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Amnesia: The Dark Descent: Unforgettable

Intro:



There are few games with such a reputation as Amnesia: The Dark Descent. Once we strip away all the Youtubers overreacting at the slightest gust of wind. We still have a game that is considered one of the scariest in the genre. But is it still worthy of that hallowed reputation now, in a post RE7 world of game design? Was Amnesia: The Dark Descent a terrifying ordeal that left me stressed and shaking?


Of course, it bloody was!


Story:


You are Daniel, that’s all you remember. You are Daniel, you are in a seemingly abandoned castle. The only instruction you have is from your previous self, to kill Baron Alexander of Brennenburg. As you try to figure out what is happening, you piece together the terrible past that brought you to the point of murder. You are also not alone in the castle. The narrative is surprisingly deep and complex. Even though it tends to be forgotten when it has to travel alongside a well-earned reputation. I hope I can discuss it with the analytical lens it deserves.


Desperate measures call for desperate times


Like any horror story featuring a British person in the 19th century, the story begins in Africa. During an excavation in the Tin Hinan Tomb, a young man named Daniel stumbles upon a strange orb artifact. After studying it with the help of some friends, he discovers that some sort of shadow is stalking him, killing everyone who comes into contact with him. It's going to kill Daniel sooner or later and he understandably doesn't want to die. Alexander swoops in with promises of rituals to keep the shadow away.


Here's a naked man for no reason.

All he has to do is torture and kill not innocent people. Amnesia shows us the depths to which the human animal is willing to go to survive, what little compromises he makes to justify his actions until that fateful time he murders an innocent in cold blood. Amnesia, for all it’s jump scares and supernatural horrors lurking in the dark. It tells a story of dehumanization through the primal need for survival. Daniel is driven to committing unspeakable acts under the thinnest moral justification that he's punishing murderers and rapists. I would encourage you to read Christopher Browning’s Ordinary Men for further information on the matter (not a pleasant read please be warned). But Frictional Games does an awesome job of examining the process as to how ordinary people become monsters.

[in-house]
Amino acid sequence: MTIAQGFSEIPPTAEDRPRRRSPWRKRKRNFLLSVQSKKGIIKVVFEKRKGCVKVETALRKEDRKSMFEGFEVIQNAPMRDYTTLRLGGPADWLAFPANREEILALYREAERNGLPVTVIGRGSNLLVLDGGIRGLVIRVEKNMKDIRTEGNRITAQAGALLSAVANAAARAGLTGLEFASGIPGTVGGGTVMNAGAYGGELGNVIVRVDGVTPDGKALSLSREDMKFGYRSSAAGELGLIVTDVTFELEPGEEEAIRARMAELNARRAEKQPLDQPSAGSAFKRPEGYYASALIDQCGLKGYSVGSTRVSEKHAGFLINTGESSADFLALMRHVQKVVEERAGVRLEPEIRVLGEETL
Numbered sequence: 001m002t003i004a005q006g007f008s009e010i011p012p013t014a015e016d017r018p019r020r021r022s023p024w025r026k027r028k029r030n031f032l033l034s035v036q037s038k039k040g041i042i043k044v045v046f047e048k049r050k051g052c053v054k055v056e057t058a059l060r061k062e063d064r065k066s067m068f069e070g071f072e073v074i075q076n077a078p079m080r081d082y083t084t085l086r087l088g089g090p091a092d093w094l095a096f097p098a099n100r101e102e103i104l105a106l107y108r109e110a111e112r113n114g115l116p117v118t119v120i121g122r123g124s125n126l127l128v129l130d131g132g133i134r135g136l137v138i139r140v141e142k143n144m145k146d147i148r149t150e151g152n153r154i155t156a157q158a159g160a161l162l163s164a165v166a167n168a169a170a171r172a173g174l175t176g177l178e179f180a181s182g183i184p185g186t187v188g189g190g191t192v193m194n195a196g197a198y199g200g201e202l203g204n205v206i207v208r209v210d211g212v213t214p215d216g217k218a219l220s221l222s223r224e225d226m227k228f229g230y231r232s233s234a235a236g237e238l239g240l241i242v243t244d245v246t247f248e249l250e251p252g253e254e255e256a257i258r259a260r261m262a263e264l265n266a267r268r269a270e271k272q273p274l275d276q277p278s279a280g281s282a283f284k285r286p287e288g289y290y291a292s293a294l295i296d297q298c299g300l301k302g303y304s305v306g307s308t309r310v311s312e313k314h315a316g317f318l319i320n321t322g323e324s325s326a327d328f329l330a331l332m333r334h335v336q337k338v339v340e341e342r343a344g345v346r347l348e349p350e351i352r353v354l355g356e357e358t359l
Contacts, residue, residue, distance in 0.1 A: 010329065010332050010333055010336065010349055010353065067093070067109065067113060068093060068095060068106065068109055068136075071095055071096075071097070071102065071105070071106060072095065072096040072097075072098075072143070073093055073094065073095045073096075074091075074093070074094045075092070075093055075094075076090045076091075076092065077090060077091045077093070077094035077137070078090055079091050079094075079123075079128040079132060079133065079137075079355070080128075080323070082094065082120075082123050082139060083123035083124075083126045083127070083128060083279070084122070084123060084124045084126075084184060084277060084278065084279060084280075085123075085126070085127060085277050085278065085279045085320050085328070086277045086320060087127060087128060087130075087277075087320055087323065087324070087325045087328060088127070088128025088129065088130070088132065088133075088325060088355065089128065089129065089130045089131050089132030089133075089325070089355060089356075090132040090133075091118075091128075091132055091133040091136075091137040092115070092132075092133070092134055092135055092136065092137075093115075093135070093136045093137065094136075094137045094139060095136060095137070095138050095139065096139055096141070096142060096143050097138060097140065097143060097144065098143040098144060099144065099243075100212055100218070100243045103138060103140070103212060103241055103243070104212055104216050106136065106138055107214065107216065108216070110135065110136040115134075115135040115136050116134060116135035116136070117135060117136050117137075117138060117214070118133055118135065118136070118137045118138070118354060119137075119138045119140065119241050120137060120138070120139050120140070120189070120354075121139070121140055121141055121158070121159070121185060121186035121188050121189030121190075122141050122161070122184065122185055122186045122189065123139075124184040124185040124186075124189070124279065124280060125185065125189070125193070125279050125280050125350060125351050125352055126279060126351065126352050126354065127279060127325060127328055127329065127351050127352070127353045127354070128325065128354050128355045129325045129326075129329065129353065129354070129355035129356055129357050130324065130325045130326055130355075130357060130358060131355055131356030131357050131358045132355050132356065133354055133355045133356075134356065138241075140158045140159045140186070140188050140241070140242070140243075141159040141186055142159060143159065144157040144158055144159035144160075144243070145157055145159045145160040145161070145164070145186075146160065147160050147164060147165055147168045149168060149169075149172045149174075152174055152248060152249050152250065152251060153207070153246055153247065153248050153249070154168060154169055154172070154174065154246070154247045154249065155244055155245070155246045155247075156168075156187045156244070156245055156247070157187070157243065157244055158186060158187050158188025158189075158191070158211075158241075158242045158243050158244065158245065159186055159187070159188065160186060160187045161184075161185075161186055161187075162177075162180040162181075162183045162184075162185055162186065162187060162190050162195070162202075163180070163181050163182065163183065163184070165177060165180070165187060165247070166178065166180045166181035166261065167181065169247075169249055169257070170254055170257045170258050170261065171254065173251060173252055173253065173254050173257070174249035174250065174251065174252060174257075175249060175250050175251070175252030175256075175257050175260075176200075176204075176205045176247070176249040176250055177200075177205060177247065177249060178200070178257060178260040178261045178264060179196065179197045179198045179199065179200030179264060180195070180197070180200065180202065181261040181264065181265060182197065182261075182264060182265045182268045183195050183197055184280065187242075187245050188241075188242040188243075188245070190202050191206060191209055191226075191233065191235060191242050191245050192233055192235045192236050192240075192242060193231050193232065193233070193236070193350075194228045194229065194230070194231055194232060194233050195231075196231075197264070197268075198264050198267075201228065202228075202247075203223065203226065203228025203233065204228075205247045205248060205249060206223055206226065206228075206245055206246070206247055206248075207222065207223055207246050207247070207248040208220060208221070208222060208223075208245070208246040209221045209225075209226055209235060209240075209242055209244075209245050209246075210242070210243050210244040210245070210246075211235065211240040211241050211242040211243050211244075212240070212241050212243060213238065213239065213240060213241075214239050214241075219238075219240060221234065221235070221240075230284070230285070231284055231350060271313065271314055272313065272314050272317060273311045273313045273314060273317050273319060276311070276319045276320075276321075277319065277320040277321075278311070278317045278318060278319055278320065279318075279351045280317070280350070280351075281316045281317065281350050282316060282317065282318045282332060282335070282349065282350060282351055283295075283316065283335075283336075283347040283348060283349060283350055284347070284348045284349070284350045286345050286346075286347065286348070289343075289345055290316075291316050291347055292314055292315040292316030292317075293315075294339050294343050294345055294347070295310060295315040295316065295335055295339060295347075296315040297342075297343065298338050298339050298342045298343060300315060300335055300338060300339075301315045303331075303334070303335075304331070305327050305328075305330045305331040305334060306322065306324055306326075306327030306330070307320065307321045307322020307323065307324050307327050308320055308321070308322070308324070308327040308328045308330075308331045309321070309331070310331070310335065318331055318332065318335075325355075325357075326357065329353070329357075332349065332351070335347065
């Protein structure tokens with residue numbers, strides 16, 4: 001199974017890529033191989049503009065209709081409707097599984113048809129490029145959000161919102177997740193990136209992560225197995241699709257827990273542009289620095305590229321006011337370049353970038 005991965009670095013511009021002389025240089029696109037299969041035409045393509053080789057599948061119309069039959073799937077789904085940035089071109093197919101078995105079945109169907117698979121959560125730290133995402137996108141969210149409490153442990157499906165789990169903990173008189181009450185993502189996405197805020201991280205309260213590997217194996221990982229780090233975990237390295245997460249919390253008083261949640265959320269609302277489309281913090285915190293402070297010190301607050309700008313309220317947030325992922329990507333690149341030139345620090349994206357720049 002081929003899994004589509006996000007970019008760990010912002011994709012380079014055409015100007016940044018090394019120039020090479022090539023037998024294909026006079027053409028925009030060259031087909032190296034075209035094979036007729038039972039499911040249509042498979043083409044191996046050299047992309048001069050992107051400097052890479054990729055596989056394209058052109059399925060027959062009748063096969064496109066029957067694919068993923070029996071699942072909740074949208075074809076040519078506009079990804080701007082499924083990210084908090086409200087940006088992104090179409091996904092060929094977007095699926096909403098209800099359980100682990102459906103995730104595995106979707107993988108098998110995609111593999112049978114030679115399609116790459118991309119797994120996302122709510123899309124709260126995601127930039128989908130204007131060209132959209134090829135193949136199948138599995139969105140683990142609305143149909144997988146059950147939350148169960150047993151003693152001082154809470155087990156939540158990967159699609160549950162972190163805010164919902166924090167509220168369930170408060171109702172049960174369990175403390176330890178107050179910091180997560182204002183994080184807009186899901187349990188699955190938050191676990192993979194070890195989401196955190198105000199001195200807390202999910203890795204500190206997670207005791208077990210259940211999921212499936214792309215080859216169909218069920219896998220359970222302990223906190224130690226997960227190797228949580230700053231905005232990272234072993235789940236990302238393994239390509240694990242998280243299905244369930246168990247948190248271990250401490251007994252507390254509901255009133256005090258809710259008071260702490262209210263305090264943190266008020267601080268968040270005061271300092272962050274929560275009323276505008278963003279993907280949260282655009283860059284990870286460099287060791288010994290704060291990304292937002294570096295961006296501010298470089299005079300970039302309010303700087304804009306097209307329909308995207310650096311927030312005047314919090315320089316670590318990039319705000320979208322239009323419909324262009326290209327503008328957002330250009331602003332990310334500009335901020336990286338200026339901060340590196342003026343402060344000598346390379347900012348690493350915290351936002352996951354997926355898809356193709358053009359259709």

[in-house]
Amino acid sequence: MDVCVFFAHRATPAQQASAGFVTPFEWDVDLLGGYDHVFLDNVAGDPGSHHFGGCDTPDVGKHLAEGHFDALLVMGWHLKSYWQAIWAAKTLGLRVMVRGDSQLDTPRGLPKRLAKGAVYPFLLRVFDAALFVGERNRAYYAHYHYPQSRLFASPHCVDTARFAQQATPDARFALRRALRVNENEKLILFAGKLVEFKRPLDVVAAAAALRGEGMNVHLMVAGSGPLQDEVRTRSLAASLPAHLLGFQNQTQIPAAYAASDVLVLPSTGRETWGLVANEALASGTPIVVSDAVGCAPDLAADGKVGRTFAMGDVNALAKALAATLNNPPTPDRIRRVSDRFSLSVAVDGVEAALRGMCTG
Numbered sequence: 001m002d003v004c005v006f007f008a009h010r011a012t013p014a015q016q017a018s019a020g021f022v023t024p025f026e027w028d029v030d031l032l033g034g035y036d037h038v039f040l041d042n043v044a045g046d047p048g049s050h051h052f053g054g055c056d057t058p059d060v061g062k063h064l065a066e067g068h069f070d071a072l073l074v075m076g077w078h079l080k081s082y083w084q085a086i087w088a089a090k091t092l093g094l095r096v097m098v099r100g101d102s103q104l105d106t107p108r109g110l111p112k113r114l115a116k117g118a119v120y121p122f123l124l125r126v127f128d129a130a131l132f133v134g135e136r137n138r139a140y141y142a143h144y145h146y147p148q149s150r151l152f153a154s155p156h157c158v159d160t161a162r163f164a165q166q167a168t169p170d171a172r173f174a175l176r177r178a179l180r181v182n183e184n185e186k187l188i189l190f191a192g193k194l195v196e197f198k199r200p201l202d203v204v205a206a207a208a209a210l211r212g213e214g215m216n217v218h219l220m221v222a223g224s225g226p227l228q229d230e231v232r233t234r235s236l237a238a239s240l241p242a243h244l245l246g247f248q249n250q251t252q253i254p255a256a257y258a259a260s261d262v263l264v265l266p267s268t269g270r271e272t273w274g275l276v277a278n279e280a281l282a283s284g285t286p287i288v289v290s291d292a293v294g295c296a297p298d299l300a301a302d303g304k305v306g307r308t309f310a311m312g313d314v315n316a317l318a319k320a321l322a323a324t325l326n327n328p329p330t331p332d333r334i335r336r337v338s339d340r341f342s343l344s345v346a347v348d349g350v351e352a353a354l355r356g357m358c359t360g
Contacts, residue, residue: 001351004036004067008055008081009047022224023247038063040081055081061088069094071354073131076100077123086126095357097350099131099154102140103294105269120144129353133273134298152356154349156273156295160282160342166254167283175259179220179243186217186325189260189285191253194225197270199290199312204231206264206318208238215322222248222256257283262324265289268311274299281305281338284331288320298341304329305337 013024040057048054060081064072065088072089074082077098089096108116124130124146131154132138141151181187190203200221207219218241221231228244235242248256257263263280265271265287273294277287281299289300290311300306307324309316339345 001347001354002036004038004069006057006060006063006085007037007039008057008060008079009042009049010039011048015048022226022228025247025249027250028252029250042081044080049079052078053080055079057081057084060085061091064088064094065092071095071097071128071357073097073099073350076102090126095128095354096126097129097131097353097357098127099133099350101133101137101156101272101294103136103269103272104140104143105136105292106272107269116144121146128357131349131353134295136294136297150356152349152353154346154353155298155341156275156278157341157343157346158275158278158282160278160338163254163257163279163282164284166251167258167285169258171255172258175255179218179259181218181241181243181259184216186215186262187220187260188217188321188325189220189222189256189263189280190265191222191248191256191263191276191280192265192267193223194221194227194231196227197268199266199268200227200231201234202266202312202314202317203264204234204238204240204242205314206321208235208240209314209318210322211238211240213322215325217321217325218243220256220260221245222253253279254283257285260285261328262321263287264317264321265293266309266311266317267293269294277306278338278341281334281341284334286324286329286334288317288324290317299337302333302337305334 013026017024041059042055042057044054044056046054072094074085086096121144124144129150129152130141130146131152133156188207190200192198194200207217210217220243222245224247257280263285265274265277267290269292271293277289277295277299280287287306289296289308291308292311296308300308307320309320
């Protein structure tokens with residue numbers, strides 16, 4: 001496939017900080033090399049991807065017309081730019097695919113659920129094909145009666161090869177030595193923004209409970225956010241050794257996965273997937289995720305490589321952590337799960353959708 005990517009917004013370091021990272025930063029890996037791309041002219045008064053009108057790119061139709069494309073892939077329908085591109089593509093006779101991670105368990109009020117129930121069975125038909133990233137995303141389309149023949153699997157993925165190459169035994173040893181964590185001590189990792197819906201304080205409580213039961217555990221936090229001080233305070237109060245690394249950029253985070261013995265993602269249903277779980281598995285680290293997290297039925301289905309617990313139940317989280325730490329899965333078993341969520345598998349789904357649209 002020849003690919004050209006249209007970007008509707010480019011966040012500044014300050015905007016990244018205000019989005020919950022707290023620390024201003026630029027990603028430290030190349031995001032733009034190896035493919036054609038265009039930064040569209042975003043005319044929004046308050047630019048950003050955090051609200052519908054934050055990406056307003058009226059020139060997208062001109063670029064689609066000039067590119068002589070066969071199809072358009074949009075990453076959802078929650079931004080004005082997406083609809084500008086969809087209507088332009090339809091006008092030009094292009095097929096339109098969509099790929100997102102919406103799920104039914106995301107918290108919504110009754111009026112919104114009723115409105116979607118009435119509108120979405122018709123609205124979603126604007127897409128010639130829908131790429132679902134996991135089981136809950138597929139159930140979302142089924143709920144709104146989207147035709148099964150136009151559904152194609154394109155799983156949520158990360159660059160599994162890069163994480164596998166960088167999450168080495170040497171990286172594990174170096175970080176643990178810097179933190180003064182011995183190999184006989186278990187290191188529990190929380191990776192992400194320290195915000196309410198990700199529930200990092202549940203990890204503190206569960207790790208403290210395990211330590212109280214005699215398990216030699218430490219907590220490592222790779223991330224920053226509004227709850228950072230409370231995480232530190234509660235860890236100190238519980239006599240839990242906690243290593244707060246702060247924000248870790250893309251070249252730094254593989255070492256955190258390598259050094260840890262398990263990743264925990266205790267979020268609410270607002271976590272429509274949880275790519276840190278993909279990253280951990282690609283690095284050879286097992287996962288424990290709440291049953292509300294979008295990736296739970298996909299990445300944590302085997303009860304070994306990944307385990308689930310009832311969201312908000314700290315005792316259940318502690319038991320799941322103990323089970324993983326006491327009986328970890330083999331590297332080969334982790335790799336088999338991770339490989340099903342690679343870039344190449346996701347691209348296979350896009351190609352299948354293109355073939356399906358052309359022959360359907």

The nature of guilt


It's for the greater good!

Guilt is a theme that drives Daniel’s motivation for all the major story stages. The survivor’s guilt at losing his friends and family to the shadow, which drives him to seek out the Baron, to be taken advantage of and eventually turned into a monster. The guilt of realizing what he had become sets Daniel on the path of redemption, his willingness to redeem himself by committing one final person. He cripples himself with amnesia lets go of the crippling guilt (temporarily) to redeem himself. Guilt is both the destroyer and the redeemer.


Insanity


What horror game wouldn't be without a sanity meter? As questionable as it might be from a mechanical point of view, it is undoubtedly effective at making you and Daniel feel as helpless as humanly possible. From a narrative perceptive it makes sense that Daniel is a little mentally unstable. He is at the whims of some unworldly entity, Amnesia taps into the hallowed Lovecraftian tropes of infectious madness and forbidden knowledge that either causes the madness or the death of brought about by said knowledge.


You have to cut off his head later.

In Amnesia it’s a bit complicated, the forbidden knowledge (as personified by the Orb)doesn't technically drive Daniel mad, but it creates the environment for the madness to thrive. The orb as a personification of the unknown and the malicious hate towards the insignificant is there. But it could have been explored a little more in the narrative, but as a constant threat to Daniel and all those around him, it works pretty well. Keeps the stakes raised and reminds you constantly that you are not safe.

Gameplay:


Here's another naked man for no reason.